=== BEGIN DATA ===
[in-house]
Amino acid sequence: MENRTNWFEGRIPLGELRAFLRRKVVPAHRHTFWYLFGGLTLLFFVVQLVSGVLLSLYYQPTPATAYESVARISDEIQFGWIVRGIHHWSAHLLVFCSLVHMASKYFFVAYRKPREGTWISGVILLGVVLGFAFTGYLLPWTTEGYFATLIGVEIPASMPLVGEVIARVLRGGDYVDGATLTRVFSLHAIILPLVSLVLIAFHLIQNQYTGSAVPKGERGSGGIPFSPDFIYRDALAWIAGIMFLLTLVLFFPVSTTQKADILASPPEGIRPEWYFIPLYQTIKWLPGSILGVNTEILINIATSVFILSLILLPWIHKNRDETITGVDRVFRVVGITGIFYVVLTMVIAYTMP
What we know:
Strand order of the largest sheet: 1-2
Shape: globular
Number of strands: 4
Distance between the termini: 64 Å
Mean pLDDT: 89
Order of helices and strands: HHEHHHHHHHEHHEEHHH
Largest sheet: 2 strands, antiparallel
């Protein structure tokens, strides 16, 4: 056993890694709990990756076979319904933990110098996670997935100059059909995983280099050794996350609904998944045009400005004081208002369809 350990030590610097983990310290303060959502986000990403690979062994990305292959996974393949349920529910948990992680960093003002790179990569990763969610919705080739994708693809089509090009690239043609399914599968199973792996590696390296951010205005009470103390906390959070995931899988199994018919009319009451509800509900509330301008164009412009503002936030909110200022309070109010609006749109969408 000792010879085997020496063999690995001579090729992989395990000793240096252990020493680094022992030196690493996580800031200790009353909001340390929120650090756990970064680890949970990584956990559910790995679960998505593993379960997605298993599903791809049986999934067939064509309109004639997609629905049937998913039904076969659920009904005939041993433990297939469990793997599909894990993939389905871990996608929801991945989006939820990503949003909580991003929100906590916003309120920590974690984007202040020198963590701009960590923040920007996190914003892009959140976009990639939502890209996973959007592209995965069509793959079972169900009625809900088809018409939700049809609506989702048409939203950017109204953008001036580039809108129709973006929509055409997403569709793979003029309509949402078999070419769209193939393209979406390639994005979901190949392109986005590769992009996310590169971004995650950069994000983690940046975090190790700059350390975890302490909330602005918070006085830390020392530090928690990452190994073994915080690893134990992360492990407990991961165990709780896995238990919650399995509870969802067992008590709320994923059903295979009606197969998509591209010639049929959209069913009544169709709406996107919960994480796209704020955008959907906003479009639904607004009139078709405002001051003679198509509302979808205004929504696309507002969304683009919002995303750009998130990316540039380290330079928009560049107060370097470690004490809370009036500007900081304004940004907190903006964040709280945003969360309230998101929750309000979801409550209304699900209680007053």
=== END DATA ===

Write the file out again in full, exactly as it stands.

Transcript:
[in-house]
Amino acid sequence: MENRTNWFEGRIPLGELRAFLRRKVVPAHRHTFWYLFGGLTLLFFVVQLVSGVLLSLYYQPTPATAYESVARISDEIQFGWIVRGIHHWSAHLLVFCSLVHMASKYFFVAYRKPREGTWISGVILLGVVLGFAFTGYLLPWTTEGYFATLIGVEIPASMPLVGEVIARVLRGGDYVDGATLTRVFSLHAIILPLVSLVLIAFHLIQNQYTGSAVPKGERGSGGIPFSPDFIYRDALAWIAGIMFLLTLVLFFPVSTTQKADILASPPEGIRPEWYFIPLYQTIKWLPGSILGVNTEILINIATSVFILSLILLPWIHKNRDETITGVDRVFRVVGITGIFYVVLTMVIAYTMP
What we know:
Strand order of the largest sheet: 1-2
Shape: globular
Number of strands: 4
Distance between the termini: 64 Å
Mean pLDDT: 89
Order of helices and strands: HHEHHHHHHHEHHEEHHH
Largest sheet: 2 strands, antiparallel
């Protein structure tokens, strides 16, 4: 056993890694709990990756076979319904933990110098996670997935100059059909995983280099050794996350609904998944045009400005004081208002369809 350990030590610097983990310290303060959502986000990403690979062994990305292959996974393949349920529910948990992680960093003002790179990569990763969610919705080739994708693809089509090009690239043609399914599968199973792996590696390296951010205005009470103390906390959070995931899988199994018919009319009451509800509900509330301008164009412009503002936030909110200022309070109010609006749109969408 000792010879085997020496063999690995001579090729992989395990000793240096252990020493680094022992030196690493996580800031200790009353909001340390929120650090756990970064680890949970990584956990559910790995679960998505593993379960997605298993599903791809049986999934067939064509309109004639997609629905049937998913039904076969659920009904005939041993433990297939469990793997599909894990993939389905871990996608929801991945989006939820990503949003909580991003929100906590916003309120920590974690984007202040020198963590701009960590923040920007996190914003892009959140976009990639939502890209996973959007592209995965069509793959079972169900009625809900088809018409939700049809609506989702048409939203950017109204953008001036580039809108129709973006929509055409997403569709793979003029309509949402078999070419769209193939393209979406390639994005979901190949392109986005590769992009996310590169971004995650950069994000983690940046975090190790700059350390975890302490909330602005918070006085830390020392530090928690990452190994073994915080690893134990992360492990407990991961165990709780896995238990919650399995509870969802067992008590709320994923059903295979009606197969998509591209010639049929959209069913009544169709709406996107919960994480796209704020955008959907906003479009639904607004009139078709405002001051003679198509509302979808205004929504696309507002969304683009919002995303750009998130990316540039380290330079928009560049107060370097470690004490809370009036500007900081304004940004907190903006964040709280945003969360309230998101929750309000979801409550209304699900209680007053």